Wednesday, December 17, 2008

Bright lights

Canberra isn’t really a city. It’s very nice: lots of greenspace, plenty of good shops and restaurants, well planned and mellow. It’s also the capital of Australia, so a lot of things that are important to the country happen here. It has a population of about 400,000 people. But despite all that, it doesn’t feel like a city to me. More like a big town.

We went to Sydney this past weekend. Sydney is a city. Skyscrapers, trains, traffic, energy--and possibly the nicest city harbor going. (Just seeing the ocean might have been the highlight of my trip.)

This was my second visit, and confirmed the favorable impressions I remembered from my first trip six years ago. We had fantastic weather, wandered past some of the more famous sights, caught up with some friends, and ate a lot of good food.

We drove up on Saturday morning, reveling in the fact that we were on a road trip to Sydney. The trip took about 3½ hours, including one stop, and we arrived in mid-afternoon. We dumped our bags at the hotel and headed off to see friends in Balmain. The kids built a giant train track on the living room floor, and we drank champagne and shared news. They cooked us dinner: roast pork on the barbie (of course!); scalloped potatoes; Croatian cole slaw (the method for which I attempted to memorize after I don’t know how many glasses of wine); salad; lots more wine. Dessert was a passionfruit cream sponge from their local bakery that I might be able to replicate with the right tools and about six months of patisserie training.

Sunday morning we headed off to find a likely breakfast spot. On our first visit, we had stayed in Camperdown, near the University of Sydney because I needed to be there for work, and had liked the neighborhood so much that DP booked us in there again. So we knew if we headed towards King Street we’d come across something good, and it took us about five minutes to find a place called HoochieMamma’s Café, with tables on the sidewalk and inviting smells wafting out. We had no trouble getting a table (a four-year-old in tow means eating breakfast a lot earlier than most university students) and not long to wait before generous plates of food appeared: a full traditional cooked breakfast for DP, ricotta hotcakes for Miss B, and Eggs Benedict (on French bread instead of English muffins) for me. The keeper recipe from this meal was the ricotta hotcakes: more chunky and substantial than regular pancakes, but still fluffy and delicious. They were served with butterscotch sauce, but I think I’ll try them at home with Miss B’s favorite blueberry maple syrup.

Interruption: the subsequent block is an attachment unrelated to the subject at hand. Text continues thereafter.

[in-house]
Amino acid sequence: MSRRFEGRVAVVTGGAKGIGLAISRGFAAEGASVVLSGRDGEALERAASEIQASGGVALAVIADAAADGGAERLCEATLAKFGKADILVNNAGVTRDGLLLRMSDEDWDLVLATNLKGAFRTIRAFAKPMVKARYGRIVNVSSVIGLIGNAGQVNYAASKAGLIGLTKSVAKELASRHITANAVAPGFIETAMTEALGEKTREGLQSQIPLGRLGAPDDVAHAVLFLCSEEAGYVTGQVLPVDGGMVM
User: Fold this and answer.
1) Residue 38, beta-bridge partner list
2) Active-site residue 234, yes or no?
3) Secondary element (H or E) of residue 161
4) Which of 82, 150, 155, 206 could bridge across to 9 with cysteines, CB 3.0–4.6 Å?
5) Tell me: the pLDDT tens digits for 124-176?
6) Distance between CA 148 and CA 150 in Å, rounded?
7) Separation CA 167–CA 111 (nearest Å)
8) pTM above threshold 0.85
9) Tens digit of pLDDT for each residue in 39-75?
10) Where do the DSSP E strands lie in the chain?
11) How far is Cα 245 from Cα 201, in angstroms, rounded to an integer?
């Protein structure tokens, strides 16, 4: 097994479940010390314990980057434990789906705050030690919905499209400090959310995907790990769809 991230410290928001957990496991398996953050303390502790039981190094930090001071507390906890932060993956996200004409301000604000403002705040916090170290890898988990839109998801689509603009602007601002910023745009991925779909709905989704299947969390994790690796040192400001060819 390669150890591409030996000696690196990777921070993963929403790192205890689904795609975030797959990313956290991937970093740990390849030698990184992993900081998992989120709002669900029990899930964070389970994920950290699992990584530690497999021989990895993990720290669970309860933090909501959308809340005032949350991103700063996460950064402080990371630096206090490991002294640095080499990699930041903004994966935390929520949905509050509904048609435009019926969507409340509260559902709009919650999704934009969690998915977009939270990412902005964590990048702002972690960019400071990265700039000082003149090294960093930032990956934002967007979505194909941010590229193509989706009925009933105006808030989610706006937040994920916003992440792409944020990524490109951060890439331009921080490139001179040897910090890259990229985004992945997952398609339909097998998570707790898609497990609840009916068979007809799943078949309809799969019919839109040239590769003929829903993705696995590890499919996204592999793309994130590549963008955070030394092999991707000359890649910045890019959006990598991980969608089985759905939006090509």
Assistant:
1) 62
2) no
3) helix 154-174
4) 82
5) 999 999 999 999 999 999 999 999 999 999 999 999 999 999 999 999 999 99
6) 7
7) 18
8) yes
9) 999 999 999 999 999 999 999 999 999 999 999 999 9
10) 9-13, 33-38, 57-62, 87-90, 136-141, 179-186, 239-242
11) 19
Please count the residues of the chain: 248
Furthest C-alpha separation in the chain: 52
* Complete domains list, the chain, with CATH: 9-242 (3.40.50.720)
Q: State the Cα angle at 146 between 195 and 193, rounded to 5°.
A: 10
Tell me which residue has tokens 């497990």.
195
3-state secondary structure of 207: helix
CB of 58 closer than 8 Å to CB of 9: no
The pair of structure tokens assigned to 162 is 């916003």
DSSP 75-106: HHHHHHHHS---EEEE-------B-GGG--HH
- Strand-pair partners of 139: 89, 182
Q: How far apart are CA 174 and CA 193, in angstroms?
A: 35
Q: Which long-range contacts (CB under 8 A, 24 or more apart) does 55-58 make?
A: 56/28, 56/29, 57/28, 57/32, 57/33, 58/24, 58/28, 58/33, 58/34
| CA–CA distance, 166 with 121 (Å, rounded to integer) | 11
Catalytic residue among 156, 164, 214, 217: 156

After breakfast we found a parking space (free! all day!) for the rental car, and then it was off to Newtown station so Miss B could commune with her beloved trains on a ride into downtown. (No trains in Canberra, which is a sad deprivation for my little trainspotter, whose favorite afternoon activity in Oxford was standing on Hinksey railway bridge, waving at anything on rails.) We got off at Circular Quay so we could goggle at Sydney Harbor Bridge and the Opera House (one of the most amazing buildings ever), then walked across the Botanical Gardens to meet my friend L. and her family for a picnic.

L. and I became friends when we shared an office in Oxford, and she was a huge source of help, support, and information to me during Miss B’s bumpy start. I had only seen her once since she left the UK 3 years ago to return to Sydney, shortly after Miss B came home. It was great to see her and her husband and kids (who of course are now gigantic), and they had brought a delicious antipasto spread, complete with chilled wine and featuring an enormous pile of king prawns (aka jumbo shrimp--an Australian Christmas tradition, apparently). They even had finger bowls for cleaning up after peeling off the shells! We stretched out on the grass overlooking the harbor, eating prawns and other goodies and chatting to our hearts’ content, while the kids devoured all the chips and dip, between bouts of playing ball and crashing the wedding taking place down the hill. We enjoyed ourselves until mid-afternoon, when real life resumed and we went our separate ways, they to a Christmas party and we to get on the road home.

It was a great weekend, and a reminder of all the benefits of a sojourn abroad. Most of the time, for me, no matter where I’ve lived, daily life is pretty much the same: parenting, work, running a household, lots and lots of cooking. Most of the differences I notice are negative: things I can't find at the supermarket, vagaries of utility companies. But every so often, I get a day or an experience, special and memorable and particular to its time and place, that reminds me: this is why I wanted to come to Australia.


Related Posts Plugin for WordPress, Blogger...